It needs to be refrigerated in an airtight container as soon as it’s whipped. It will keep in the refrigerator for up to 3-4 days. If it starts to seep moisture in the last couple of days, then simply whisk again to bring it back together.
Yes, you can actually. The sugar helps to stabilize the whipped cream before freezing. Pipe or spoon dollops of leftover cream onto parchment paper. Freeze for 3-4 hours. Once solid, use a knife to scrape cream into a zip-lock bag gently. Freeze for up to one month.
Thaw in the refrigerator or the freezer bag so that that cream forms one mass. Or remove the individual piped whipped cream and place it on the dessert you are serving it with.
Yes, you can. It’s done by substituting the cream with one can/14oz coconut milk. Treat it the same way as regular cream and follow the method in the recipe card. It will, of course, have a mild coconut flavour (delicious in itself!).
More French recipes that you'll love
If you tried this French Whipped Cream or any other recipe on my website, please let me know how you go in the comments below. I love hearing from you. Also, please leave a star rating whilst you're there!
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French Chantilly Cream Recipe
- 480 ml double cream (heavy cream), cold
- 30 g powdered icing sugar (or caster sugar), or caster sugar
- 1 teaspoon vanilla bean paste, or extract
- Note: If your kitchen is very warm then refrigerate your bowl and whisk 20 minutes prior to whipping the cream.
- Add the cream. Add the cream into the bowl of a stand mixer fitted with the whisk attachment (or a large bowl if whisking by hand or with an electric hand beater.
- Add the sugar and vanilla. Sift into the cream the powdered icing sugar and add in the vanilla bean paste.
- Whisk to soft or firm peaks. Whisk on medium to high for 2 minutes or until the cream starts to thicken and aerate. Whip to soft peaks or slightly longer to firm peaks. Refrigerate until ready to use.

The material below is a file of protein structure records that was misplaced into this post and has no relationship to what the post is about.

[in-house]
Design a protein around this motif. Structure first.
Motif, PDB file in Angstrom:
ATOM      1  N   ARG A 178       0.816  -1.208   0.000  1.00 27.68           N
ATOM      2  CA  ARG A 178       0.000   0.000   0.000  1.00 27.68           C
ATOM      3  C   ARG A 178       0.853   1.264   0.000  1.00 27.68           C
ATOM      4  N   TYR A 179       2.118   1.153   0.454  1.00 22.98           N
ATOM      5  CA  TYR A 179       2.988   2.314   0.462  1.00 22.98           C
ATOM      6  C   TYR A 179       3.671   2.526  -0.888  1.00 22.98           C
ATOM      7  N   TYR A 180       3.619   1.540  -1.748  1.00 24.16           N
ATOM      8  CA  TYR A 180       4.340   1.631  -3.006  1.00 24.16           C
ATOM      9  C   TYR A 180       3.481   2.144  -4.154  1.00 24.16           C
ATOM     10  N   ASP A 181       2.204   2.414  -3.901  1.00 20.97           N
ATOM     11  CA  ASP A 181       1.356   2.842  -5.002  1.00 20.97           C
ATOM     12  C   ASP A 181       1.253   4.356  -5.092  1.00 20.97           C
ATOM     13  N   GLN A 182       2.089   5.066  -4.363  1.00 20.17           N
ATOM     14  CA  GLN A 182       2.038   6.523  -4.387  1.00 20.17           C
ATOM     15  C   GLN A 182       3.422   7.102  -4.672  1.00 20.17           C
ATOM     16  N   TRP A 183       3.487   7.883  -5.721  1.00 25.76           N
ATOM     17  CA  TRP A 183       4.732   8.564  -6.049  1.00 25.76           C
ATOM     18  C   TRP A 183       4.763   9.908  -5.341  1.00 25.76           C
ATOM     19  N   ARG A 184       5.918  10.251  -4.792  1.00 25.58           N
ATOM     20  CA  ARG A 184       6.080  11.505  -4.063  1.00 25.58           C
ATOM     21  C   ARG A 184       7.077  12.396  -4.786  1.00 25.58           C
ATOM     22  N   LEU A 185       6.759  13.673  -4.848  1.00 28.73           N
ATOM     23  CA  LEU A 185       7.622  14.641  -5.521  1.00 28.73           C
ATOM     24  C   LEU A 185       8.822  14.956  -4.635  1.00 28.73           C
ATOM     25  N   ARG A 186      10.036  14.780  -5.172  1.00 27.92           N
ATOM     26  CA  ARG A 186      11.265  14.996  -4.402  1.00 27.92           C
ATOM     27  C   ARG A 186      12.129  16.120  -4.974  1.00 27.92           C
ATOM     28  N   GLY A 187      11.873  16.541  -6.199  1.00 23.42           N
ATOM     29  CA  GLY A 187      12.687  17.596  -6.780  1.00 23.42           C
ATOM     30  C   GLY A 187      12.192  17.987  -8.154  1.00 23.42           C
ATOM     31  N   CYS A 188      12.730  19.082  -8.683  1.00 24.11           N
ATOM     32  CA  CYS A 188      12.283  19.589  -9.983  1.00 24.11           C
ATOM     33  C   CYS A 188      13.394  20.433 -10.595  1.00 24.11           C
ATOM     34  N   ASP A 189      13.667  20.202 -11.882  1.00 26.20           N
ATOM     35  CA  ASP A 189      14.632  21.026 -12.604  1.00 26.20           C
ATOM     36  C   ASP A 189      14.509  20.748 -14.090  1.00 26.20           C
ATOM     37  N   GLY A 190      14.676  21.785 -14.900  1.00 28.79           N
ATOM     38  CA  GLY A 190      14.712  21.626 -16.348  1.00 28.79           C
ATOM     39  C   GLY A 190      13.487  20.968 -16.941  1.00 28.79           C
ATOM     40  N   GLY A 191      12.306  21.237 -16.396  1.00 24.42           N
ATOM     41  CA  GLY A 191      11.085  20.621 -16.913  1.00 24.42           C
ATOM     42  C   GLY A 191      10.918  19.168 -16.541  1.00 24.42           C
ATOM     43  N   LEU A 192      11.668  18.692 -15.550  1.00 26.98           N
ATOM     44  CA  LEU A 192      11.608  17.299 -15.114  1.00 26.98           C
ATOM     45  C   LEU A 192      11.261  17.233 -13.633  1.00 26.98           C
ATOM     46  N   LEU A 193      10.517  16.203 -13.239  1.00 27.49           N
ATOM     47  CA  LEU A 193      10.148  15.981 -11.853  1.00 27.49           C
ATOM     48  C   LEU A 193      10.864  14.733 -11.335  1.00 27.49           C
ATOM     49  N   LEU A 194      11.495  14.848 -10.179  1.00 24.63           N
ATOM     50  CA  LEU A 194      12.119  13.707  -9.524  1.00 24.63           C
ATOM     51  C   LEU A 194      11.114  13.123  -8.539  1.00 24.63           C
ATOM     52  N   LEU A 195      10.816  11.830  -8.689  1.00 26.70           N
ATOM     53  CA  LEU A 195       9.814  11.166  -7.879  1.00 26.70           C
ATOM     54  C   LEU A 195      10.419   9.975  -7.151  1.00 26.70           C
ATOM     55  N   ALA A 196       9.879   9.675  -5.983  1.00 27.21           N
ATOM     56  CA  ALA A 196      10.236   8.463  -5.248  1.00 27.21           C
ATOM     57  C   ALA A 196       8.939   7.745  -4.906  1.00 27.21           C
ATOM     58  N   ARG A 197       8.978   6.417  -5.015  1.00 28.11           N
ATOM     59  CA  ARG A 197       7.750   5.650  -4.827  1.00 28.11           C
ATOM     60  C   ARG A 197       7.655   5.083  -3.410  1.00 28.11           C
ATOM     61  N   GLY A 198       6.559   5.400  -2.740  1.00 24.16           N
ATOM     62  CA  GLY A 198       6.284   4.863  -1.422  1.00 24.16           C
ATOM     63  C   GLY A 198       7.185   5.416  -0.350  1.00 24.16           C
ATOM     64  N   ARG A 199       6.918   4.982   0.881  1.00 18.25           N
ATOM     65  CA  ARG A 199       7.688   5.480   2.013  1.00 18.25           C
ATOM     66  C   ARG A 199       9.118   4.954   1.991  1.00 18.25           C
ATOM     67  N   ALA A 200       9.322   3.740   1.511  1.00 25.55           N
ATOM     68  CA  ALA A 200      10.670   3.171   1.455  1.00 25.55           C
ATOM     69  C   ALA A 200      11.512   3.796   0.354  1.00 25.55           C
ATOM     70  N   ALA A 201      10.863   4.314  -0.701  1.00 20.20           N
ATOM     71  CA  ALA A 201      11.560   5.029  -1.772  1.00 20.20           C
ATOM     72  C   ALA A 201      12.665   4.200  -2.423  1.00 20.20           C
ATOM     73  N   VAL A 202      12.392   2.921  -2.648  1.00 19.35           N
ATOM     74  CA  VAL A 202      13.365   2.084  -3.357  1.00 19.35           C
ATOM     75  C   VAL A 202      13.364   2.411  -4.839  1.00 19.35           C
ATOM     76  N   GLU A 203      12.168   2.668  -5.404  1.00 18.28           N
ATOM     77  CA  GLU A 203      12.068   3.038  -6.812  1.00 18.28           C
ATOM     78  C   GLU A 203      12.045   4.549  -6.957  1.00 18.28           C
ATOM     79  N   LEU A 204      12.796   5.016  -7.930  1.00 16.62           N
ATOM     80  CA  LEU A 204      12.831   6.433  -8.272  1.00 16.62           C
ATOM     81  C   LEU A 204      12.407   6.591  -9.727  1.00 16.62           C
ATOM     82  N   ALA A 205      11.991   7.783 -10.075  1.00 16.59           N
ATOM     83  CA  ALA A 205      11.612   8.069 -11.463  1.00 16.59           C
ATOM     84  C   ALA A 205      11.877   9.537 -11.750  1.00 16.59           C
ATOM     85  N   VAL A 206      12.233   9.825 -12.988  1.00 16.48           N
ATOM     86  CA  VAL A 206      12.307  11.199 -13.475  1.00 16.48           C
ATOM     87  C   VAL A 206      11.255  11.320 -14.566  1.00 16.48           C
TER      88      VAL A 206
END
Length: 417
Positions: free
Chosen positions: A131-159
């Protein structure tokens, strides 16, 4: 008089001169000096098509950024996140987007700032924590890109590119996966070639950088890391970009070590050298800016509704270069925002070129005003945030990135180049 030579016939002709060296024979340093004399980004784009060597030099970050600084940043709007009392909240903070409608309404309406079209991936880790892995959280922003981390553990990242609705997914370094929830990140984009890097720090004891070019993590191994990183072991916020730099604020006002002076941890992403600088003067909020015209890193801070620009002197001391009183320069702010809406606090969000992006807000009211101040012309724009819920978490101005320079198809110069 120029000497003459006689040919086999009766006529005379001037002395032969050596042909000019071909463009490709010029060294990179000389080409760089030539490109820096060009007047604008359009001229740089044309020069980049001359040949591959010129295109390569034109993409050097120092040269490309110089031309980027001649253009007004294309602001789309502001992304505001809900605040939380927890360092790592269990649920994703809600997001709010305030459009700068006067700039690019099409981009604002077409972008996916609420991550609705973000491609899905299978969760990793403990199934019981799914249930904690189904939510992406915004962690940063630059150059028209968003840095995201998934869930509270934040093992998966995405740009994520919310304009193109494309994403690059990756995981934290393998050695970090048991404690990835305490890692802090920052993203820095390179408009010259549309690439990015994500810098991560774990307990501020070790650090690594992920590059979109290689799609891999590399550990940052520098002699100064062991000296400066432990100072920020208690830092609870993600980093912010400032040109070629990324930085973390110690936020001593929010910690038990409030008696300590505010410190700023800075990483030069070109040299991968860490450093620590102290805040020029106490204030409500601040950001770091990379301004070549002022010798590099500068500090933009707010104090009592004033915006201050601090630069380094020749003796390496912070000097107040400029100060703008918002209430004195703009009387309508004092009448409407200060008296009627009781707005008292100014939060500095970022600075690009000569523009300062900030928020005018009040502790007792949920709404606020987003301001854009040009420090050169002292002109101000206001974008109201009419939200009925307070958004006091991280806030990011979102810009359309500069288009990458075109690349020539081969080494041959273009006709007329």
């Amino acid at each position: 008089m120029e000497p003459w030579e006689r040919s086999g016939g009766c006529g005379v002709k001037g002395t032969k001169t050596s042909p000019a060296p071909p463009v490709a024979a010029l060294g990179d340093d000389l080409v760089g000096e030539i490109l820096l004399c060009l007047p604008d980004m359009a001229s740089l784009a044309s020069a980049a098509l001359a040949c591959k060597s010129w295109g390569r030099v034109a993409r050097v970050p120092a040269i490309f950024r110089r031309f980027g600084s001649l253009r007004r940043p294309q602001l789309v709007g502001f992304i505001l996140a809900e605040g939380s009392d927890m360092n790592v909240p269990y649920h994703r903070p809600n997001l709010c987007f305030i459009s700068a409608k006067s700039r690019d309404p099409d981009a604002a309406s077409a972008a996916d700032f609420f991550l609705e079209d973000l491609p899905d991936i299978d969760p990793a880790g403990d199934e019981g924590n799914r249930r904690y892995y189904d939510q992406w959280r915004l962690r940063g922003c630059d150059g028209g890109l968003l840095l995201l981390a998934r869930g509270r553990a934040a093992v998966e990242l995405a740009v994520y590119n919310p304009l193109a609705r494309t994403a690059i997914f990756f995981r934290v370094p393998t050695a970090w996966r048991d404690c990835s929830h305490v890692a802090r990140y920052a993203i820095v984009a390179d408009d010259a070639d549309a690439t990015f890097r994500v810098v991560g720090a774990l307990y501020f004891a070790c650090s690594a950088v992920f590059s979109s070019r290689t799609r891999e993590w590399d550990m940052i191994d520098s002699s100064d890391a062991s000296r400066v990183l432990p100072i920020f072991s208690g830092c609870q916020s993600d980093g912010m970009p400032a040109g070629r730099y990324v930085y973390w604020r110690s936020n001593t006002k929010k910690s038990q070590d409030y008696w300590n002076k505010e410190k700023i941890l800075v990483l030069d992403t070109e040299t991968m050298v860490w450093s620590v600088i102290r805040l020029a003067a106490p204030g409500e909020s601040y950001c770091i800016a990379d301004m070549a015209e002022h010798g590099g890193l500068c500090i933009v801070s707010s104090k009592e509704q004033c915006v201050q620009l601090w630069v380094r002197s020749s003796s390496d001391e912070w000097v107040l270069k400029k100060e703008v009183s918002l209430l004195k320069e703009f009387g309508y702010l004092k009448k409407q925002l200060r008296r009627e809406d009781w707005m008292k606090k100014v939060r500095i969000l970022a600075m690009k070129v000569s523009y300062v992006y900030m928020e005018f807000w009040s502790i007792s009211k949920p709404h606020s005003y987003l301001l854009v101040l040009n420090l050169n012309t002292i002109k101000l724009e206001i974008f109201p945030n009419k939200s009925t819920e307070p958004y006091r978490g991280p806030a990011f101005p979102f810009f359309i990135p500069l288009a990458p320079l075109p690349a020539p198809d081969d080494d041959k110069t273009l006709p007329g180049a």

All recipes are developed and tested in Metric grams. I strongly recommend that you bake using digital scales for a more accurate result. I have provided a conversion to US customary in the recipe but please note that I haven’t tested using this method.
Thaw in the refrigerator or the freezer bag so that that cream forms one mass. Or remove the individual piped whipped cream and place it on the dessert you are serving it with. TIP 1: Cold Cream. This is an absolute must. The cream should be taken out of the refrigerator literally just before you need to pour it into the bowl to whip up. You’ll achieve the lightest cream if it's super cold. Warm cream can’t whip well, and you won’t get the volume. TIP 2: Chill your utensils. If you live in a warm climate, pop your bowl and whisk attachment or whisk into the refrigerator for 20 minutes before using them. Doing this helps maximise your chance of whipping the cream well in a hot environment. TIP 3: Use the right cream. If you’re not sure, the cream must have at least 35% milk fat for it to be able to get fluffy. TIP 4: Don’t over-whip. Whip the cream for too long, and you’ll be on your way to making butter! The cream will turn grainy and lumpy and have quite an unappealing texture.